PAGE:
Was it the yips? The kind of mental block that can make a major-league baseball player throw away routine tosses to first base? The kind that can make a professional golfer fluff easy putts?
Nobody, maybe not even Fultz, knows.
The Sixers will not let him talk to reporters about what is wrong.
Video snippets have bounced across the internet, brief and inconclusive, taken during warm-ups or workouts far from the fans’ glare. One shows glimpses of Fultz unsteady from point-blank. In another, taken over the last week, he stands alone at 3-point range, and actually hits his shot.
He is like a ghost. He is there, but he’s not there, especially when it counts. During games, he is with his team, but he is not on the court. At the Hornets game, he sat on the bench near the assistant coaches. He wore street clothes, a purple coat and skinny black pants.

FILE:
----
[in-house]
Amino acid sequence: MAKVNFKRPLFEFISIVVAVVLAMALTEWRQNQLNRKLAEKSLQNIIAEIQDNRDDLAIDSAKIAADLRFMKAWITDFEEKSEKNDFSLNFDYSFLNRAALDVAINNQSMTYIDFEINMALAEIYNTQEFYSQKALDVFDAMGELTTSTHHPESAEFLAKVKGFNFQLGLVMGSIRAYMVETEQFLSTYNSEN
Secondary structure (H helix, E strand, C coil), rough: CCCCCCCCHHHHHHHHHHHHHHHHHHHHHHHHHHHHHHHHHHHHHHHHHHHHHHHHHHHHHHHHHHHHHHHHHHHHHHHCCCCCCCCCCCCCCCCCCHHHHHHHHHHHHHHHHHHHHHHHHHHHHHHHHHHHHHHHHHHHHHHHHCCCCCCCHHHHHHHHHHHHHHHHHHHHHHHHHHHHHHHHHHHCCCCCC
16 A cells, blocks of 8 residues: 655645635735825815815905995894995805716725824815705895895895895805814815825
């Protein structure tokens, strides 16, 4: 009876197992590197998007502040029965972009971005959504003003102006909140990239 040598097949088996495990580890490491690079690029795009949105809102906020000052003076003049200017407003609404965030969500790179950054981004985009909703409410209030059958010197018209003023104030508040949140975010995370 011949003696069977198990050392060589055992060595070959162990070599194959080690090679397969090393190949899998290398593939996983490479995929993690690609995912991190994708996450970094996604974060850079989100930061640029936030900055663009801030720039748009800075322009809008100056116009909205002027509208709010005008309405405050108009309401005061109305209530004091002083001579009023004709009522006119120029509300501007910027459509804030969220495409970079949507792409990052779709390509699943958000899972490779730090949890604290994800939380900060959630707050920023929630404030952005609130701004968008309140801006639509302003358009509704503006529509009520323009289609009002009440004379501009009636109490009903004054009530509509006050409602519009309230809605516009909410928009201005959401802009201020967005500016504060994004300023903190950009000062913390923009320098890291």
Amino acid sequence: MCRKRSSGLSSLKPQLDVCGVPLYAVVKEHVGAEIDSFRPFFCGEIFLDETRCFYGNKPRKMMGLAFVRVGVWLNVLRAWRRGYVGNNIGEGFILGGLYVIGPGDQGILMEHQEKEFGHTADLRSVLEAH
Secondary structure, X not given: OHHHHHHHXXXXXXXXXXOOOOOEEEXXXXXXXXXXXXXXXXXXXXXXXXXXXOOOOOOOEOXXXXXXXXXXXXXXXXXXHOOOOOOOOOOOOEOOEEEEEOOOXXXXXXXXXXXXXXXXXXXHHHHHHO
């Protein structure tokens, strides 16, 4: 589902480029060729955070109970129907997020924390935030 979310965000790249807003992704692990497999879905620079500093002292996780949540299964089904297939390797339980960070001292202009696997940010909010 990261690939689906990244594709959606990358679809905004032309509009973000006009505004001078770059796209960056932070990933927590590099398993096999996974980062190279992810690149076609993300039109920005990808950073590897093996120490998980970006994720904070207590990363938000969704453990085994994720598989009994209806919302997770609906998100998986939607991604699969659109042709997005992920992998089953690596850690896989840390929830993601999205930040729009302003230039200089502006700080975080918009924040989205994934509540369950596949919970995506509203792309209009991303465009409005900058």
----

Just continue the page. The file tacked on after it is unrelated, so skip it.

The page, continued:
During timeouts, he hovered near players who got instructions from head coach Brett Brown. But never too near. Or he watched the on-court entertainment. The cheerleaders. Or acrobats dunking from trampolines.
On one play, Simmons sprinted past a defender and flung himself skyward. He…